Mark Davis stood not 50 feet from that which honors his father, a memorial torch said to be the world’s largest structure made from a 3D printer.
Davis spoke into a microphone from on high, meaning the Raiders owner was perched on a concourse. He stared down on the grass football field of Allegiant Stadium as his current team looked up.
“There will be many personal accomplishments out here on this field,” Davis said. “Someone today will make the first tackle; somebody will score the first touchdown; and somebody will make the first interception. But, most importantly, it is what we do as a team.
“So I will leave you with three words, ‘Just Win Baby.’ Welcome home.”
Shiny new toy
In an impending NFL season where fears regarding COVID-19 will keep fans from attending games at the newest and shiniest of stadiums, the Raiders on Friday tried out their new toy. Practice. Scrimmage. Dress rehearsal for when the Saints visit Sept. 21. It was all of it.
From first glare, Allegiant Stadium is as impressive and illuminating as advertised. Score one for a transparentroof.
Bright is good. The domed stadium offers a fresh, crystal-clear appearance. That’s what hits you most when entering the home to not only the Raiders, but also UNLV football and so many events to come. It’s the shine of it all. It feels like the outdoors — without the ridiculous heat — when indoors. Call this a subtle perk that comes with the $2 billion price tag for a 65,000-seat venue.
Here’s a (really) promising part: It has a very U.S. Bank Stadium feel to it. Makes sense. Mortenson-McCarthy built both Allegiant and the home of the Minnesota Vikings. Las Vegas would do well to have its stadium spoken in the same breath as one located within the Mississippi Flyway. U.S. Bank is among the jewels of the NFL.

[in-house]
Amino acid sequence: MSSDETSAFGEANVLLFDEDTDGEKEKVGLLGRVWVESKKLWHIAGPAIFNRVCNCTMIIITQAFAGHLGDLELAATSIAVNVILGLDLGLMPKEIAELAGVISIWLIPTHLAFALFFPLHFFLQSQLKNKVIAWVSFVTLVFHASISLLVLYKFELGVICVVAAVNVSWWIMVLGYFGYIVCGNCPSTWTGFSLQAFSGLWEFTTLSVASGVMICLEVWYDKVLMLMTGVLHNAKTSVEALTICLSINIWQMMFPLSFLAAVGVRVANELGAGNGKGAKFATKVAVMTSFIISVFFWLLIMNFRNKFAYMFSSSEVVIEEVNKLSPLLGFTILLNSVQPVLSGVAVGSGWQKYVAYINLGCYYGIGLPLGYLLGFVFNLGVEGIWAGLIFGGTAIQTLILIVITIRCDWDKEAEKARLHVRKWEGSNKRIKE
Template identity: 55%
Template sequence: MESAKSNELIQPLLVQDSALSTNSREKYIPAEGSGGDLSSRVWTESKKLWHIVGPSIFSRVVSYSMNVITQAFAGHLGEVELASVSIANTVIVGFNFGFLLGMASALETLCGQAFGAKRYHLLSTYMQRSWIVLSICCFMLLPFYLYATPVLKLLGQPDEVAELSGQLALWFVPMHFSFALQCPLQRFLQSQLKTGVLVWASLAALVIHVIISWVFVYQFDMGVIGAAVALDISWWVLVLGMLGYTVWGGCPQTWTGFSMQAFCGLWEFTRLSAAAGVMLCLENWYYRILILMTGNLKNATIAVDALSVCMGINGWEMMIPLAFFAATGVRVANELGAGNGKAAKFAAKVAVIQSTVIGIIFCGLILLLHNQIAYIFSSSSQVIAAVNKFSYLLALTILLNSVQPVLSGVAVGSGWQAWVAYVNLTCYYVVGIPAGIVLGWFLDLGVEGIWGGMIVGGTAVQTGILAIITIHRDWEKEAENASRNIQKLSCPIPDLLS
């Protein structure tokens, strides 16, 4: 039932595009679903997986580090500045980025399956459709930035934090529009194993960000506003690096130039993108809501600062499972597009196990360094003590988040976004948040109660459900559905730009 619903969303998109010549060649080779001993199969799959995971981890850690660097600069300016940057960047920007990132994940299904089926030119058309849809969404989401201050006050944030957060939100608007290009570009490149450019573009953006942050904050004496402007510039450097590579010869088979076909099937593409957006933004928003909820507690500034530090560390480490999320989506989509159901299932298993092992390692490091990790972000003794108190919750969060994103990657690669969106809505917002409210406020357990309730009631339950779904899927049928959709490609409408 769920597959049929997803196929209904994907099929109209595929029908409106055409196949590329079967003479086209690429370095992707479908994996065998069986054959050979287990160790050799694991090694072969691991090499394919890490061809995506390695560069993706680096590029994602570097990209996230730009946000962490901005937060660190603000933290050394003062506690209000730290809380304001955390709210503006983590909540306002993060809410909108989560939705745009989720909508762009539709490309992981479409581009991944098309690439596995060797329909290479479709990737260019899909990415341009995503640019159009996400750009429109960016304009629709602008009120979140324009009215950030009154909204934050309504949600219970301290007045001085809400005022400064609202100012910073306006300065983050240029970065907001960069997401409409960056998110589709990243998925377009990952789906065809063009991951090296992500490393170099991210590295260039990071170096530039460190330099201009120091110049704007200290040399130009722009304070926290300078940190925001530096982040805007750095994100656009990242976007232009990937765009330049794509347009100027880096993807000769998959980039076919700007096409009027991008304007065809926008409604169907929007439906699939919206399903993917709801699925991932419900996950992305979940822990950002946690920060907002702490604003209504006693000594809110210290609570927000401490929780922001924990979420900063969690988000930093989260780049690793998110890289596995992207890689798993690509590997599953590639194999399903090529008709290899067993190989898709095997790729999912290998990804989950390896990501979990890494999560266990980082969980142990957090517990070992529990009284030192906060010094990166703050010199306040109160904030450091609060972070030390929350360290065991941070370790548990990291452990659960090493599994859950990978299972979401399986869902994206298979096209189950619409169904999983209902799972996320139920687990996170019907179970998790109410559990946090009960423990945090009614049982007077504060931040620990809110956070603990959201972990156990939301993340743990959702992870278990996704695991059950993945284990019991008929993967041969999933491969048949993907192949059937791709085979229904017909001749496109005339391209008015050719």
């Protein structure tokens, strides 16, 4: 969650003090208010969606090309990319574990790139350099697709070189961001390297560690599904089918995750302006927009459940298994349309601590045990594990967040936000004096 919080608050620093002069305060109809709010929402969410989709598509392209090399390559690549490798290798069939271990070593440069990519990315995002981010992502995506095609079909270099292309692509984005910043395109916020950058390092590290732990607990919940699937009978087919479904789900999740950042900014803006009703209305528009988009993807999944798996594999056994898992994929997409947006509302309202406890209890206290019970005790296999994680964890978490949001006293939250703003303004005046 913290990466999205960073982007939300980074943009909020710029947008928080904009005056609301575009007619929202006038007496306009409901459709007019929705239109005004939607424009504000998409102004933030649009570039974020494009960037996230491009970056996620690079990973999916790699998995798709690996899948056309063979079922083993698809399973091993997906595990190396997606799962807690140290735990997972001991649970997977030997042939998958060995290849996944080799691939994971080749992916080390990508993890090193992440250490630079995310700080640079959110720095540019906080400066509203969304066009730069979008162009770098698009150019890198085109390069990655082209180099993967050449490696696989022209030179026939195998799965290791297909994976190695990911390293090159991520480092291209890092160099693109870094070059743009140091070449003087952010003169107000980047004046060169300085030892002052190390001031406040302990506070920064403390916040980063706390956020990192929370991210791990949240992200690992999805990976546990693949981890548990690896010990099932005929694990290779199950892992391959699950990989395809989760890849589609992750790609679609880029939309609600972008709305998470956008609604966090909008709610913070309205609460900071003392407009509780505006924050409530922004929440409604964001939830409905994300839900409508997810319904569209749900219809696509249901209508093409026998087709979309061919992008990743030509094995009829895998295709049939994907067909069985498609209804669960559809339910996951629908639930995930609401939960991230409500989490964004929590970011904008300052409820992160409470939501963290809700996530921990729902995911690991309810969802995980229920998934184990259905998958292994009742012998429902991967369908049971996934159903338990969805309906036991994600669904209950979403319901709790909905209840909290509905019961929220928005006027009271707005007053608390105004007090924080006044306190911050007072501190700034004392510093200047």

Allegiant Stadium has a chance, in time, to be one as well.
“I can’t wait to share this with the city of Vegas and sports fans and entertainment fans from around the world,” Raiders coach Jon Gruden said. “This is a one-of-a-kind joint. We just have to keep pounding this virus into the turf and open these doors so people can enjoy it like we did today. Spectacular. An out-of-sight place. It has everything you can imagine.”
Access in and around Allegiant Stadium was limited Friday as coronavirus protocols took hold in preparing for what should be the most unusual of NFL seasons. So it was difficult to surmise just how comfortable or crowded those concourses might be when fans are actually allowed to walk in them.
It was, however, fairly easy to determine those field-level club seats just behind the north end zone are pretty, pretty swanky.
In Minnesota, pivoting glass doors can remain open during games when the weather isn’t God-forsaken cold. Allegiant Stadium offers similar features when it’s God-forsaken hot.
I’ve always thought views beyond the lanai doors on the north end would play more spectacular at night — as lights across The Strip come alive — and still believe it. Then you add in the adjacent 85-foot Al Davis torch. A striking portrait of brilliance, for sure.
Football feels different
For the moment, the football part of things was incredibly surreal. It has been a minute (or never) since I remember being in such a massive place and actually hearing foot meet ball on a kickoff. There will be piped-in crowd noise and music on game day, well-timed acoustics manipulated to highlight specific moments or plays. They had some of it Friday. It’s just not the same as the real thing.
So if the fire that burns brightest in the Raiders’ organization really is the will to win, such desire this season will occur with a lighted torch emblazoned upon an empty palace.
The idea of which on Friday didn’t seem to trouble a team owner who has vowed not to attend home games until fans can join him.
“Welcome to the Death Star, where our opponent’s dreams come to die,” Davis told his team from on high. “My father always said that the greatness of the Raiders is in its future. Well, today that future really starts. This magnificent stadium was built on the backs of thousands of players, coaches, administrators and fans, who for the past 60 years have proudly worn the Silver and Black.
“The stadium’s personality will be defined by you, so take pride every time you step on this field wearing those famed black jerseys and silver helmets.
“You are the Raiders.”
Welcome home is right.
Ed Graney is a Sigma Delta Chi Award winner for sports column writing and can be reached at firstname.lastname@example.org or 702-383-4618. He can be heard on “The Press Box,” ESPN Radio 100.9 FM and 1100 AM, from 7 a.m. to 10 a.m. Monday through Friday. Follow @edgraney on Twitter.